"It's going to be everywhere," Russo told Alameda Patch. "We really want public comment."
There will be at least two public meetings on the EIR before it goes to the Alameda Planning Board and Alameda City Council for final approval, Russo said. He expects final approval by February of 2014.
Once approved, "That's the blueprint for the base," Russo said.
Details of the EIR and the meetings will be posted on the City of Alameda website.
The EIR for the former Alameda Naval Air Station land is unusual because it's being paid for by the city, Russo noted. Typically, a private developer pays for the preparation of an EIR on a proposed project.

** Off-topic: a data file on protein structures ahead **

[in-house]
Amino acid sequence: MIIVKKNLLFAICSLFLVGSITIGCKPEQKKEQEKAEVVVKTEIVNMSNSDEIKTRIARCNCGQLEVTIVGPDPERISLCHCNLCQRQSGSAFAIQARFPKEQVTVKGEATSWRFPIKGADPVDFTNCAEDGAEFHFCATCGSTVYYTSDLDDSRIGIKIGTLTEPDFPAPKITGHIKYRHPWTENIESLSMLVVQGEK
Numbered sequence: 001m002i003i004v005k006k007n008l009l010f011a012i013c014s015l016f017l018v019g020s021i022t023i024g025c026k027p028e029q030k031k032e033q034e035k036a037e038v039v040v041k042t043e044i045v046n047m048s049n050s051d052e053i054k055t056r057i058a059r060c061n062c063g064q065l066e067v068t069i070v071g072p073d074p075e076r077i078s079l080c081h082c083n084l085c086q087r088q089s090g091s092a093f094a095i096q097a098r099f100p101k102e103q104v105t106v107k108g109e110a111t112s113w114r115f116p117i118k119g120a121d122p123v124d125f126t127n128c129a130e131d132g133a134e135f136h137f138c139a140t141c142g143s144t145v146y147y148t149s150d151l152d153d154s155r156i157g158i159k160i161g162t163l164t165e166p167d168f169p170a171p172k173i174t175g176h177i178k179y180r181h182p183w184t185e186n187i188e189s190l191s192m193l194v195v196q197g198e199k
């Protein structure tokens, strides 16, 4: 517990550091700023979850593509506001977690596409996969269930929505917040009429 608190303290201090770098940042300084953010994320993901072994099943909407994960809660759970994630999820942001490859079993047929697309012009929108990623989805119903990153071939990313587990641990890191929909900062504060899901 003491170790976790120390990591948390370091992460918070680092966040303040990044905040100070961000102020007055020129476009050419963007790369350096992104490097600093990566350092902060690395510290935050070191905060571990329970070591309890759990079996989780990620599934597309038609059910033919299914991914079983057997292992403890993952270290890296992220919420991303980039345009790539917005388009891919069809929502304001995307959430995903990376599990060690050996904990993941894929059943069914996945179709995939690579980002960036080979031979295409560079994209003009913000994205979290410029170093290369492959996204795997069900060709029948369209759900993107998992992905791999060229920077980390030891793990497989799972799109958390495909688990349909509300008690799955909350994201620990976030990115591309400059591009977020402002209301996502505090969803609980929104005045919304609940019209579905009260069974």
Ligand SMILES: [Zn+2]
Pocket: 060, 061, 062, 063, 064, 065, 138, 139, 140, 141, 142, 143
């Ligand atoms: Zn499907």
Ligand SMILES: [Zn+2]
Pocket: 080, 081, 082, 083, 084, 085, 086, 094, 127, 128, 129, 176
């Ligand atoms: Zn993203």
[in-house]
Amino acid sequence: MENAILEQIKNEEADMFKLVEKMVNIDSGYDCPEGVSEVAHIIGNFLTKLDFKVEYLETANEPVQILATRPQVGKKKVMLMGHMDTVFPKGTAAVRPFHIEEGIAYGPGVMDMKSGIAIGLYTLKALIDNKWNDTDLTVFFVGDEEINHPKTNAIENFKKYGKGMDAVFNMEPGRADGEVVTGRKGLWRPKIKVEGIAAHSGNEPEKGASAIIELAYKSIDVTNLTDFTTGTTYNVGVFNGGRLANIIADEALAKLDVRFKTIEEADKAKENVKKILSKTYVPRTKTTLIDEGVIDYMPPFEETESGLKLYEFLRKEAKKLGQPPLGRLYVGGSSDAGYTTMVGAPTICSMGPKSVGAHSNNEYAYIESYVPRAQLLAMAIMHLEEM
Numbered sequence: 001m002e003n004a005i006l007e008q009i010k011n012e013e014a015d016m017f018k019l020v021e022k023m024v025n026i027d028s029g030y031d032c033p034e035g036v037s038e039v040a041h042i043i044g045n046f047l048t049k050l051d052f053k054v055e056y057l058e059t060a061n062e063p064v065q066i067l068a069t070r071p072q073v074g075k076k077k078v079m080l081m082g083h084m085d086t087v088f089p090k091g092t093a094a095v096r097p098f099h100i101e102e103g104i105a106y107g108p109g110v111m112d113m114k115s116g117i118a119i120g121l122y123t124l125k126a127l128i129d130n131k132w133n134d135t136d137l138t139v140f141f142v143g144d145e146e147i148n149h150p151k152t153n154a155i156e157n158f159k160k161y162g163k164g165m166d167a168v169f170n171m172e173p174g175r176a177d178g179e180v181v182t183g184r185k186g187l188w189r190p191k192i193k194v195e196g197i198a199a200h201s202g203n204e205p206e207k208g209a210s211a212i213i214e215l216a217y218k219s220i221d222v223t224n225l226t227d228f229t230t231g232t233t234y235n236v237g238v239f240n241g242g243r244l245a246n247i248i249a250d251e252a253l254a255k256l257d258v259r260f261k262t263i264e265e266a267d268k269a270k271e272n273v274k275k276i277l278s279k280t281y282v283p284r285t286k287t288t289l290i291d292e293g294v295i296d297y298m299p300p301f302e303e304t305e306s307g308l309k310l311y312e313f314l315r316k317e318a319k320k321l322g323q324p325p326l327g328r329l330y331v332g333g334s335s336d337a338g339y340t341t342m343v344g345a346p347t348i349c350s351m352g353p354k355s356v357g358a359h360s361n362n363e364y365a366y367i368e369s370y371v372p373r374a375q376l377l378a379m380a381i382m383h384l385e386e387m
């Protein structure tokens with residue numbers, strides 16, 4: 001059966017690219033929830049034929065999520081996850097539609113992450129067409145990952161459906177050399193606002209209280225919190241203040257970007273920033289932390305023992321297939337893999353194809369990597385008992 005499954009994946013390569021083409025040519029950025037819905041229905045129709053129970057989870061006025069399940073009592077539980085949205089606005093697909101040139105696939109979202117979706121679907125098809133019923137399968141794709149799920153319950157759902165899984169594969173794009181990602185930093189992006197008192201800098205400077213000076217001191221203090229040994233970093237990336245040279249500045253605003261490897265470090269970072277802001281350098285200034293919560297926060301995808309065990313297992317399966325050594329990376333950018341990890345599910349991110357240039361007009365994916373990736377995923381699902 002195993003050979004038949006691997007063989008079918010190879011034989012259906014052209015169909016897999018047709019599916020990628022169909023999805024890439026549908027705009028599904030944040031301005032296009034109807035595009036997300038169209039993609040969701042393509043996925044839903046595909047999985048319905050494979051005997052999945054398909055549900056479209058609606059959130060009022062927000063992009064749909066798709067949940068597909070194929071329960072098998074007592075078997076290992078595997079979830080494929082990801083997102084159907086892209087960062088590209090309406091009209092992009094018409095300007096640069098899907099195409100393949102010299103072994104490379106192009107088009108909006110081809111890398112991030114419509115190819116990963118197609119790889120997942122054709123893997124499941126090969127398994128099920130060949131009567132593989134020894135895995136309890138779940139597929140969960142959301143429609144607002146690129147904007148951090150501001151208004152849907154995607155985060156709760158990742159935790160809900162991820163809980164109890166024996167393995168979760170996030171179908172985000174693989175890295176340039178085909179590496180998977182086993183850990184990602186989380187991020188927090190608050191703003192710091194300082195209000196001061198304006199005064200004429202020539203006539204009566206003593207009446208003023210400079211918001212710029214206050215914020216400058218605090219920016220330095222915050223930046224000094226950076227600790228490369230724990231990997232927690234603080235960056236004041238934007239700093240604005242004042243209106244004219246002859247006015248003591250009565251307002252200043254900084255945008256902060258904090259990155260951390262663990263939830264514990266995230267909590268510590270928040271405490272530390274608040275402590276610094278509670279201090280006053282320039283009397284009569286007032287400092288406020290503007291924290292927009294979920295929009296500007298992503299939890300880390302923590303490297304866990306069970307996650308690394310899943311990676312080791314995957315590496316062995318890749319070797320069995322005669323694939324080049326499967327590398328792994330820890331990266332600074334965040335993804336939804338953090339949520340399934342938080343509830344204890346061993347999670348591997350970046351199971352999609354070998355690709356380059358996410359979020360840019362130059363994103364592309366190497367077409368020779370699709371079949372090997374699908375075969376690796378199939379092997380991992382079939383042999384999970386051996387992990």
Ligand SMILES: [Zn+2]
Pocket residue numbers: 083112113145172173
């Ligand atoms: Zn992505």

He estimated the cost of preparing the EIR — in consultant fees, staff time and other costs — at around $2 million. Revenue from commercial leases at Alameda Point is covering the EIR costs, he said.
Preparation of the EIR was approved by the city council about 18 months ago.
By having the city in charge, "Alameda controls its own destiny," Russo said.
"The development community will know what we want [at Alameda Point] and what we don't want," he said.
Russo said another benefit for potential developers who buy or lease Alameda Point land is that proposals meeting the EIR guidelines won't have to go through the usual lengthy process of preparing a full environmental impact report themselves.